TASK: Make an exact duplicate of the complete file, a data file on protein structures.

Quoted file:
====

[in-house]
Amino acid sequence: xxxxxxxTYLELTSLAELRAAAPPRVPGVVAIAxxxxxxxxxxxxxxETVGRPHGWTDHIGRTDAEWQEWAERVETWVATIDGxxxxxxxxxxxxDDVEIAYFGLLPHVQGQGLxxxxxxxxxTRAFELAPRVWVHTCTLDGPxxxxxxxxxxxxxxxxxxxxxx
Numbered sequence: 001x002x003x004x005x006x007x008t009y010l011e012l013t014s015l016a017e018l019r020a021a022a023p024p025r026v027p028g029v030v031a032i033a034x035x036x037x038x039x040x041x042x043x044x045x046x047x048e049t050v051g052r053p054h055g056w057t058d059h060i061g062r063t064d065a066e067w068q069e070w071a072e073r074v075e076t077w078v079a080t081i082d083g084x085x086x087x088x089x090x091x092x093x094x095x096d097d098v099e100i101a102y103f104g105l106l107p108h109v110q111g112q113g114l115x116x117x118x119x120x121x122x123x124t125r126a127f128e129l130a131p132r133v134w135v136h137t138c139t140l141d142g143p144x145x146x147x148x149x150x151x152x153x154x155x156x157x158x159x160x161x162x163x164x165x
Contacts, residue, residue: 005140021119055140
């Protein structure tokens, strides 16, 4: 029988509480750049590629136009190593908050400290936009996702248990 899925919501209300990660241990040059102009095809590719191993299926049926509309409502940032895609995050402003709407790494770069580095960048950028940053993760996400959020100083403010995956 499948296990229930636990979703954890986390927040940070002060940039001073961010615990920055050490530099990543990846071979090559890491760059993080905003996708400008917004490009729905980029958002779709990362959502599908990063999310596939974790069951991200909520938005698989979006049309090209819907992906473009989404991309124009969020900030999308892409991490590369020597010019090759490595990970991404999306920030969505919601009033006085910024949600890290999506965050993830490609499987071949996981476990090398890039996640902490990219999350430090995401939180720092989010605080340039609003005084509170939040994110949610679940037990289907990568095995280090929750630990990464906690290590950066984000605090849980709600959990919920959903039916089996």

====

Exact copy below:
[in-house]
Amino acid sequence: xxxxxxxTYLELTSLAELRAAAPPRVPGVVAIAxxxxxxxxxxxxxxETVGRPHGWTDHIGRTDAEWQEWAERVETWVATIDGxxxxxxxxxxxxDDVEIAYFGLLPHVQGQGLxxxxxxxxxTRAFELAPRVWVHTCTLDGPxxxxxxxxxxxxxxxxxxxxxx
Numbered sequence: 001x002x003x004x005x006x007x008t009y010l011e012l013t014s015l016a017e018l019r020a021a022a023p024p025r026v027p028g029v030v031a032i033a034x035x036x037x038x039x040x041x042x043x044x045x046x047x048e049t050v051g052r053p054h055g056w057t058d059h060i061g062r063t064d065a066e067w068q069e070w071a072e073r074v075e076t077w078v079a080t081i082d083g084x085x086x087x088x089x090x091x092x093x094x095x096d097d098v099e100i101a102y103f104g105l106l107p108h109v110q111g112q113g114l115x116x117x118x119x120x121x122x123x124t125r126a127f128e129l130a131p132r133v134w135v136h137t138c139t140l141d142g143p144x145x146x147x148x149x150x151x152x153x154x155x156x157x158x159x160x161x162x163x164x165x
Contacts, residue, residue: 005140021119055140
């Protein structure tokens, strides 16, 4: 029988509480750049590629136009190593908050400290936009996702248990 899925919501209300990660241990040059102009095809590719191993299926049926509309409502940032895609995050402003709407790494770069580095960048950028940053993760996400959020100083403010995956 499948296990229930636990979703954890986390927040940070002060940039001073961010615990920055050490530099990543990846071979090559890491760059993080905003996708400008917004490009729905980029958002779709990362959502599908990063999310596939974790069951991200909520938005698989979006049309090209819907992906473009989404991309124009969020900030999308892409991490590369020597010019090759490595990970991404999306920030969505919601009033006085910024949600890290999506965050993830490609499987071949996981476990090398890039996640902490990219999350430090995401939180720092989010605080340039609003005084509170939040994110949610679940037990289907990568095995280090929750630990990464906690290590950066984000605090849980709600959990919920959903039916089996």